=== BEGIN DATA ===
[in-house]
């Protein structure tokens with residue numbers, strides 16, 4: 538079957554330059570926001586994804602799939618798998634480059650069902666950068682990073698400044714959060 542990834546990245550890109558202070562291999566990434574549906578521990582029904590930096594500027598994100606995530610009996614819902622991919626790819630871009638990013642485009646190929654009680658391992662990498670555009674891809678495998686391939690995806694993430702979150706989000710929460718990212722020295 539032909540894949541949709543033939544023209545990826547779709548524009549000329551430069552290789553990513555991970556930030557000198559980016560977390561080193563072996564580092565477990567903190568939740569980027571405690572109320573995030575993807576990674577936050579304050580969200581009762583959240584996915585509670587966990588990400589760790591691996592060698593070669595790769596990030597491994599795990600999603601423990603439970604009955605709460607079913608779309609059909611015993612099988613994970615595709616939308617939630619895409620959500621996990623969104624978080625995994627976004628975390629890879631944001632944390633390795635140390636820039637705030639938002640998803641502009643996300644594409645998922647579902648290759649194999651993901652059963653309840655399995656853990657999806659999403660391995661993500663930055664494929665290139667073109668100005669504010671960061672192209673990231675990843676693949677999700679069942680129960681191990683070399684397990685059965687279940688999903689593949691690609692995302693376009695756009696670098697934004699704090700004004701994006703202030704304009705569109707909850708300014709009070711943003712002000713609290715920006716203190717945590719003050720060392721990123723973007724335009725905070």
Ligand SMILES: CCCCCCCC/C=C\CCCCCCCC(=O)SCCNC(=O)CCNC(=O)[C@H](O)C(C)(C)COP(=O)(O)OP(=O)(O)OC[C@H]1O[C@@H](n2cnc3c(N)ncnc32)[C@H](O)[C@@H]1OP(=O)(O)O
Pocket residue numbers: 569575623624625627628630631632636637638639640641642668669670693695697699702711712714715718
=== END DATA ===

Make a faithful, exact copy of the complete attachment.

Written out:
[in-house]
């Protein structure tokens with residue numbers, strides 16, 4: 538079957554330059570926001586994804602799939618798998634480059650069902666950068682990073698400044714959060 542990834546990245550890109558202070562291999566990434574549906578521990582029904590930096594500027598994100606995530610009996614819902622991919626790819630871009638990013642485009646190929654009680658391992662990498670555009674891809678495998686391939690995806694993430702979150706989000710929460718990212722020295 539032909540894949541949709543033939544023209545990826547779709548524009549000329551430069552290789553990513555991970556930030557000198559980016560977390561080193563072996564580092565477990567903190568939740569980027571405690572109320573995030575993807576990674577936050579304050580969200581009762583959240584996915585509670587966990588990400589760790591691996592060698593070669595790769596990030597491994599795990600999603601423990603439970604009955605709460607079913608779309609059909611015993612099988613994970615595709616939308617939630619895409620959500621996990623969104624978080625995994627976004628975390629890879631944001632944390633390795635140390636820039637705030639938002640998803641502009643996300644594409645998922647579902648290759649194999651993901652059963653309840655399995656853990657999806659999403660391995661993500663930055664494929665290139667073109668100005669504010671960061672192209673990231675990843676693949677999700679069942680129960681191990683070399684397990685059965687279940688999903689593949691690609692995302693376009695756009696670098697934004699704090700004004701994006703202030704304009705569109707909850708300014709009070711943003712002000713609290715920006716203190717945590719003050720060392721990123723973007724335009725905070």
Ligand SMILES: CCCCCCCC/C=C\CCCCCCCC(=O)SCCNC(=O)CCNC(=O)[C@H](O)C(C)(C)COP(=O)(O)OP(=O)(O)OC[C@H]1O[C@@H](n2cnc3c(N)ncnc32)[C@H](O)[C@@H]1OP(=O)(O)O
Pocket residue numbers: 569575623624625627628630631632636637638639640641642668669670693695697699702711712714715718